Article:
Below there are two tables. The first contains 5 of the most reasonable prepayment tariffs based on national average energy costs and moderate consumption. Your own experience, of course, may vary depending on where you live and how much energy you typically use:

Supplier Name Tariff Name Price
Bulb Vari-Fair £1024
EDF Prepay Total Service May22 £1041
SSE Standard Pay As You Go £1065
E.ON E.On Energy Plan with Prepayment £1069
SSE Standard (Variable) Prepayment £1069

The second contains equivalent direct debit tariffs using a conventional credit meter.

Supplier Tariff Name Tariff Type Price
E.ON Fix Online Exclusive v51 Fixed for 12 months £875
Green Network Energy GNE Summer Sizzler V9 Fixed for 12 months £876
Avro Energy Simple and USelect12M Fixed for 12 months £883
OVO Energy Better Smart Fixed for 12 months £889
Shell Energy Energy January 2022 v3 Fixed until 31 Jan 2022 £890

As we can see, even the cheapest of the 5 tariffs on the top table doesn’t quite compare to the most expensive direct debit tariff.

Why are prepayment tariffs more expensive?

The simple truth is that energy suppliers benefit more when customers take out direct debit. It ensures that they’ll get a regular and predictable payment from every customer. And if that customer is paying too much, they can always be credited back. Some suppliers even let their customers earn interest on their credit.

Prepayment tariffs, on the other hand, are a riskier prospect for energy suppliers. Because they don’t know how much money they’ll get from each customer per month, it can be harder for them to make accurate cash flow projections.

That said, prepayment tariffs are safer for energy suppliers (and consumers) in other ways. For instance, they have a usage cap, so customers are unable to run up big bills that they can’t afford to pay.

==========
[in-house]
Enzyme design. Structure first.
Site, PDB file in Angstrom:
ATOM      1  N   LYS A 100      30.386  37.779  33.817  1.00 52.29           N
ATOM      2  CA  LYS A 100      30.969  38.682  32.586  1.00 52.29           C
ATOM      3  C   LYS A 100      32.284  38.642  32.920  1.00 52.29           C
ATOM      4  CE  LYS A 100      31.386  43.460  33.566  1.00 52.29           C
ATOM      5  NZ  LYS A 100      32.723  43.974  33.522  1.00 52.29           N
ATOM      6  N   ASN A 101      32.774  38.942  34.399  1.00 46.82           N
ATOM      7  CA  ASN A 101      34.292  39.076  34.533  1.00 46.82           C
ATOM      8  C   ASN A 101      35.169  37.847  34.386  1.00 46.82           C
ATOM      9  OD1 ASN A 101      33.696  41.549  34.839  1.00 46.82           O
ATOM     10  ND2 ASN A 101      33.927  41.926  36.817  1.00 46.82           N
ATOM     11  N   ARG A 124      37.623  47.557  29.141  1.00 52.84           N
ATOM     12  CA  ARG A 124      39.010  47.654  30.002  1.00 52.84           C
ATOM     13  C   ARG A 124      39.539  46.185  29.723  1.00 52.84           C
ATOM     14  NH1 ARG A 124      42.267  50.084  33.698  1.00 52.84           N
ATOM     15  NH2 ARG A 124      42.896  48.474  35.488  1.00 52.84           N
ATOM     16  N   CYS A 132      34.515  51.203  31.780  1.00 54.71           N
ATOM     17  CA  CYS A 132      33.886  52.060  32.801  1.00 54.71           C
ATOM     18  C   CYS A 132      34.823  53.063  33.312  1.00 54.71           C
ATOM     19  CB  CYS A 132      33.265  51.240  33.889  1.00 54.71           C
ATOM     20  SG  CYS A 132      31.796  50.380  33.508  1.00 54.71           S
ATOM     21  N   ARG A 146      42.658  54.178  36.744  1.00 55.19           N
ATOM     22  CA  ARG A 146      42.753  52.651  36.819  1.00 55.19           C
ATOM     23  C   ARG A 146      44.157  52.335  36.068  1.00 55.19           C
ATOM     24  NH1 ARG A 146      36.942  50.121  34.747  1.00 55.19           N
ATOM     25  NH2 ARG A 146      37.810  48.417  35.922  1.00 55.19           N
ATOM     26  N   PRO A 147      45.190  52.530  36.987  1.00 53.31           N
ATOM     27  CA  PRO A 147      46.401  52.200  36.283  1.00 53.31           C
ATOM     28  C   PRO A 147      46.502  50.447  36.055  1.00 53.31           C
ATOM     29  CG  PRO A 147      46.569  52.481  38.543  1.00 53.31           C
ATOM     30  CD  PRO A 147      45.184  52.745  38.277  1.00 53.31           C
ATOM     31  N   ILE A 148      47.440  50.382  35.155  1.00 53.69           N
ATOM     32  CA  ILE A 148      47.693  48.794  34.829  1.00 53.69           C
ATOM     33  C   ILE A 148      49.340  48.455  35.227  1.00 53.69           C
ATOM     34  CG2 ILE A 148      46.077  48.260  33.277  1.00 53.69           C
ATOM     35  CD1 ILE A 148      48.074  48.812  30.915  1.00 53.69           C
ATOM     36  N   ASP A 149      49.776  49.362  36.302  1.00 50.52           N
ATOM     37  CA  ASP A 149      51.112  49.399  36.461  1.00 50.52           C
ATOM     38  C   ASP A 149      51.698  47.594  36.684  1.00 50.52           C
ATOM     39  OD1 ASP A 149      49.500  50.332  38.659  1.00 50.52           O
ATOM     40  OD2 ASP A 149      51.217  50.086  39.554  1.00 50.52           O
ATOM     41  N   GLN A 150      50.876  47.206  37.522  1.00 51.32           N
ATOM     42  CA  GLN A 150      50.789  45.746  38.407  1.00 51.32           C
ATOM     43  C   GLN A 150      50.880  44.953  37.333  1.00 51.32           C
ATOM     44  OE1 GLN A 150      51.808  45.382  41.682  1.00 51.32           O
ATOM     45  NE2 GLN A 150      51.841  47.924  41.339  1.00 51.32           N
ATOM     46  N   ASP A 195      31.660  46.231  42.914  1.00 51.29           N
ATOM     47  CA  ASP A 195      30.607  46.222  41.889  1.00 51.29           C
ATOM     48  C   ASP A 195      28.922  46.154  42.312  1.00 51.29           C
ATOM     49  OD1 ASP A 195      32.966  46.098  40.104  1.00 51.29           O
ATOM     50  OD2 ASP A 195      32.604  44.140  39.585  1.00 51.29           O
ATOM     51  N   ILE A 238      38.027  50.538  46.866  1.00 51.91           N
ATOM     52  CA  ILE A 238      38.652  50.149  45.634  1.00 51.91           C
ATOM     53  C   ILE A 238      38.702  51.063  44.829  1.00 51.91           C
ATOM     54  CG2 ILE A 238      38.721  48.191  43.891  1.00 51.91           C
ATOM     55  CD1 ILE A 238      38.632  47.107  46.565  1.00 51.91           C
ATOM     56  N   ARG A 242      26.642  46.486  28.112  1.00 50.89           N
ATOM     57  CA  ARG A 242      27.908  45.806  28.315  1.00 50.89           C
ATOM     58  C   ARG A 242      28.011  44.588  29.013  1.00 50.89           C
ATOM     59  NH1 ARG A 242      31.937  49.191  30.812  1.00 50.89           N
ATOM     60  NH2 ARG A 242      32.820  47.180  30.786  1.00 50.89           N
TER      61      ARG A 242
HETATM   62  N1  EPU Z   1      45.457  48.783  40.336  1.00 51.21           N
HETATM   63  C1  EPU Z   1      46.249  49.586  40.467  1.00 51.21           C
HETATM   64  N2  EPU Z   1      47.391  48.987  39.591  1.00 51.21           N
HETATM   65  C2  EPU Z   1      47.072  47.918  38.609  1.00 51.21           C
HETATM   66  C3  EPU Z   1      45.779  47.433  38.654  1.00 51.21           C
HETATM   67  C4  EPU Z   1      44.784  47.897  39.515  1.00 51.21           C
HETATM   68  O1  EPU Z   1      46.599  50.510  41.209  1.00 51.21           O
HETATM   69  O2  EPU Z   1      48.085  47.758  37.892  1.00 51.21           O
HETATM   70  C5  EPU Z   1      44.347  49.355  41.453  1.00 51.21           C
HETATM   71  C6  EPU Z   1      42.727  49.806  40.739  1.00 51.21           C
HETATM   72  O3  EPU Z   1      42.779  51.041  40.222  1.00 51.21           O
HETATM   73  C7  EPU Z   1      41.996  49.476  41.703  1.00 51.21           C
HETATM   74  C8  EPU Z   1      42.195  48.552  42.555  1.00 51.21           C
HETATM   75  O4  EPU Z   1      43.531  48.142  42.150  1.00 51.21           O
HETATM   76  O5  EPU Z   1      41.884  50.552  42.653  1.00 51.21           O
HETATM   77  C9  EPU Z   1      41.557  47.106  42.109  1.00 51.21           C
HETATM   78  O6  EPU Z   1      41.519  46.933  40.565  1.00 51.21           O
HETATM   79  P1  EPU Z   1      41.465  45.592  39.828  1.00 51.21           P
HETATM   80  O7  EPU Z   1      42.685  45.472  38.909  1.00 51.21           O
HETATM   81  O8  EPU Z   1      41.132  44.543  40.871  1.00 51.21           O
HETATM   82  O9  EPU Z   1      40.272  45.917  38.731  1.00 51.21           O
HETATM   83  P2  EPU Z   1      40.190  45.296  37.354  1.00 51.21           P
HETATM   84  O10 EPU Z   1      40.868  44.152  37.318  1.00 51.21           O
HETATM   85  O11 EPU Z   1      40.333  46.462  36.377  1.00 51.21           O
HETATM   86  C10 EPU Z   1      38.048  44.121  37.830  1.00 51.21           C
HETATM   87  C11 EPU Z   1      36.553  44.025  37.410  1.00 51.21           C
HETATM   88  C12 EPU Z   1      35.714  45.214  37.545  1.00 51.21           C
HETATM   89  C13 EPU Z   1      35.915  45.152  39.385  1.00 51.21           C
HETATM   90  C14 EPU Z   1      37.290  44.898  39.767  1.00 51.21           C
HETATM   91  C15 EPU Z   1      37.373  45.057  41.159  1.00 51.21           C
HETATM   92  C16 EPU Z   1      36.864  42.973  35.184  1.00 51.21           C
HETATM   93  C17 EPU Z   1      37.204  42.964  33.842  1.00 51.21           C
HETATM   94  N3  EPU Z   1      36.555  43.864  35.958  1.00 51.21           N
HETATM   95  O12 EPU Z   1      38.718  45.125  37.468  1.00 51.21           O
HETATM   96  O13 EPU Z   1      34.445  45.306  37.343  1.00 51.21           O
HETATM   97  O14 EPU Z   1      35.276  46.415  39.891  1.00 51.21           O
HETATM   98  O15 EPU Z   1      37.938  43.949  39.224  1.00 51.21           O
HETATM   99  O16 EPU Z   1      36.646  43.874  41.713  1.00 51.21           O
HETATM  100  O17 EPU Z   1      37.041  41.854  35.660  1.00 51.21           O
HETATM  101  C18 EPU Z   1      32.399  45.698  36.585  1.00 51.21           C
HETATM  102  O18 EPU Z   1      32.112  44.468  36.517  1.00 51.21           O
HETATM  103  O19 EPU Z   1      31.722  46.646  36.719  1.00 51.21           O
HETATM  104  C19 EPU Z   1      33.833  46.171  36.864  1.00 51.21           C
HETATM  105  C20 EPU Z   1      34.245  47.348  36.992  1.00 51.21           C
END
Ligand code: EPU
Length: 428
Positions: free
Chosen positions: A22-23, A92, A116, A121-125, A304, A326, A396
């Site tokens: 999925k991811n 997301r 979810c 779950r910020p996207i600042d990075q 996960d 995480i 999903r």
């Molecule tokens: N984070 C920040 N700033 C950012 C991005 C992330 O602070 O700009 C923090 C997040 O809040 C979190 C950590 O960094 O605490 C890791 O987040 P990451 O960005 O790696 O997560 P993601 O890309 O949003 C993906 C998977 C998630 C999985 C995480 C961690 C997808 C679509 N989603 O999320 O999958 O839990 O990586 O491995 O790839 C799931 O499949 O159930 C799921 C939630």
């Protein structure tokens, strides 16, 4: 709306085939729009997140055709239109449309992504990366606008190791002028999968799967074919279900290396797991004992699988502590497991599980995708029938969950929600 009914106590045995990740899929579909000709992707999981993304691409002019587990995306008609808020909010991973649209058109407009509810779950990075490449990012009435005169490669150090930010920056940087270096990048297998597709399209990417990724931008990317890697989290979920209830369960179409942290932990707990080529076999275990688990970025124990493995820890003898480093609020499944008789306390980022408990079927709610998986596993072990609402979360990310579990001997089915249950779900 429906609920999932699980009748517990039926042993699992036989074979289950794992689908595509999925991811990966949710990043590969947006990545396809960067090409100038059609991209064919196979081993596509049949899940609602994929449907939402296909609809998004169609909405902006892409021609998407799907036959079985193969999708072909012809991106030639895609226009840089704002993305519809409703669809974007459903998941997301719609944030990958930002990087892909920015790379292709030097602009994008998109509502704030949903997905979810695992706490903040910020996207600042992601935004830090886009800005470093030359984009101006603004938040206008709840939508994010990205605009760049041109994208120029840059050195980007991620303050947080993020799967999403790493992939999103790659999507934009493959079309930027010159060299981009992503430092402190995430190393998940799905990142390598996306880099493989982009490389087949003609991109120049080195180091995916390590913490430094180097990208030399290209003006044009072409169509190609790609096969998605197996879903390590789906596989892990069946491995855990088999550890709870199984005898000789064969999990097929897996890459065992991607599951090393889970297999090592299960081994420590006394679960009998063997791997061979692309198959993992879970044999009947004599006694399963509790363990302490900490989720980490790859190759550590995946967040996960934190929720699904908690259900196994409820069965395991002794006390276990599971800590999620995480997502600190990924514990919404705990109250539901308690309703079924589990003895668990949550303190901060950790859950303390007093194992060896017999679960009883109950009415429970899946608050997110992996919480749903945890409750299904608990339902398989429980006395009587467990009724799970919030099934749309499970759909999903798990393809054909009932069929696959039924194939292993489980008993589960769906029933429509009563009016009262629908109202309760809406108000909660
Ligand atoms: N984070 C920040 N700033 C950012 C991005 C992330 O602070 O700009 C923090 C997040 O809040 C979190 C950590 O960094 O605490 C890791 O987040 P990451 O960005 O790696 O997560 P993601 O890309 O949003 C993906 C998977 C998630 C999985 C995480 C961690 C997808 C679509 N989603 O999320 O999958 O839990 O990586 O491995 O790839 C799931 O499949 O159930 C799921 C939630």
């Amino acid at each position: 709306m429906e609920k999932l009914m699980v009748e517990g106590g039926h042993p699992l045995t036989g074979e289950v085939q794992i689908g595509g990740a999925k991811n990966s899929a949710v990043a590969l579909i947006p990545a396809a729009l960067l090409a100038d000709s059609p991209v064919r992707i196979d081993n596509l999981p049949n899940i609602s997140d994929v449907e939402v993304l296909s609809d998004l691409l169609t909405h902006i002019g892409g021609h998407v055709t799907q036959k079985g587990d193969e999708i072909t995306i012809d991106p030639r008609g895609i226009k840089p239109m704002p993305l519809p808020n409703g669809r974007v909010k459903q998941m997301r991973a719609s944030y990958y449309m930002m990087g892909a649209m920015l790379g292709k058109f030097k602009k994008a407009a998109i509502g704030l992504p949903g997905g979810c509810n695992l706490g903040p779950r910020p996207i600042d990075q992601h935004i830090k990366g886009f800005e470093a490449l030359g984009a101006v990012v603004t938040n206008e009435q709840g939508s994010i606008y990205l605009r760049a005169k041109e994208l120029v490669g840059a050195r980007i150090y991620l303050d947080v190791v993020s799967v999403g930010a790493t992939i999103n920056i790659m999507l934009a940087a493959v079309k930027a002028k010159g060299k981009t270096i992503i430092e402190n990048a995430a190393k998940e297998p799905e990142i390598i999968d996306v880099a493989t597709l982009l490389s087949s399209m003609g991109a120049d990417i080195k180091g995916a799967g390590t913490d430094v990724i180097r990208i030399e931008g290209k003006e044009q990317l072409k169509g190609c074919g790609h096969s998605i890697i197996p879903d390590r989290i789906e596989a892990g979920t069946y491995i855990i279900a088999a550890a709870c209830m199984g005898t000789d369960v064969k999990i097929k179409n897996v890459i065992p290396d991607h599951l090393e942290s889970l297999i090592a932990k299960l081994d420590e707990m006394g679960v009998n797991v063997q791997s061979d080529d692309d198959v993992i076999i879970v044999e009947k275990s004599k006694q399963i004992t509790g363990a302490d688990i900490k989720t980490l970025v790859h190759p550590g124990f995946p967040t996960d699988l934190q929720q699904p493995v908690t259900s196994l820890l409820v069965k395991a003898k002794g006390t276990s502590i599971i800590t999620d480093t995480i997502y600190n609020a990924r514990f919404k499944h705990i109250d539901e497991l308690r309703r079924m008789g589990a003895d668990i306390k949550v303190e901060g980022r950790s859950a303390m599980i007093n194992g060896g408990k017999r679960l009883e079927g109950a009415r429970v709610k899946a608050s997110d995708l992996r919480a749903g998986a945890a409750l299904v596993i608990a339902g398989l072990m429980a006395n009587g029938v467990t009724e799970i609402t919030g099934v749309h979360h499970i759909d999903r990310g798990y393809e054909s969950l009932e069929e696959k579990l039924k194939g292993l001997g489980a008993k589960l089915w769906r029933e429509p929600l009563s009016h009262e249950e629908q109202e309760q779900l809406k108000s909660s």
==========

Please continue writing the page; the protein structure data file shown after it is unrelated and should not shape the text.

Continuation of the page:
Prepayment energy suppliers

Pros and Cons of prepayment tariffs

Prepayment Tariff Pros Prepayment Tariff Cons
Meters have a usage cap, so there are usually no unpleasant surprises. Most will pay more per kWh.
Billing errors and inaccuracies are less likely. Fewer tariff options.
Some may find topping up easier than sending monthly meter readings. Many prepayment tariffs are close to the prepayment energy price cap.
You only ever pay for what you use. Some (such as older customers) may not find it easy or convenient to keep topping up.
It can be easier to budget and help you feel in control. Running out of credit means a loss of service.

How to switch to prepayment: What you need to know

Switching to a prepayment tariff is relatively simple. All you need to do is either reach out to your current supplier and see what prepayment tariffs they offer. However, you should also check the market to see if an alternative supplier has a prepayment tariff that would be more cost advantageous to you. Your supplier (or new supplier) will arrange for a prepayment meter to be installed. You will also receive a key or card in the post that enables you to top up your meter. Most suppliers will not charge you for the meter installation. However, it’s always recommended that you check before committing to a new supplier.

Before switching to a prepayment meter, we recommend double checking that:

  • Your meter is accessible to you 24 hours a day.
  • Your meter is not above head height.
  • There are no issues that might prevent you from topping up.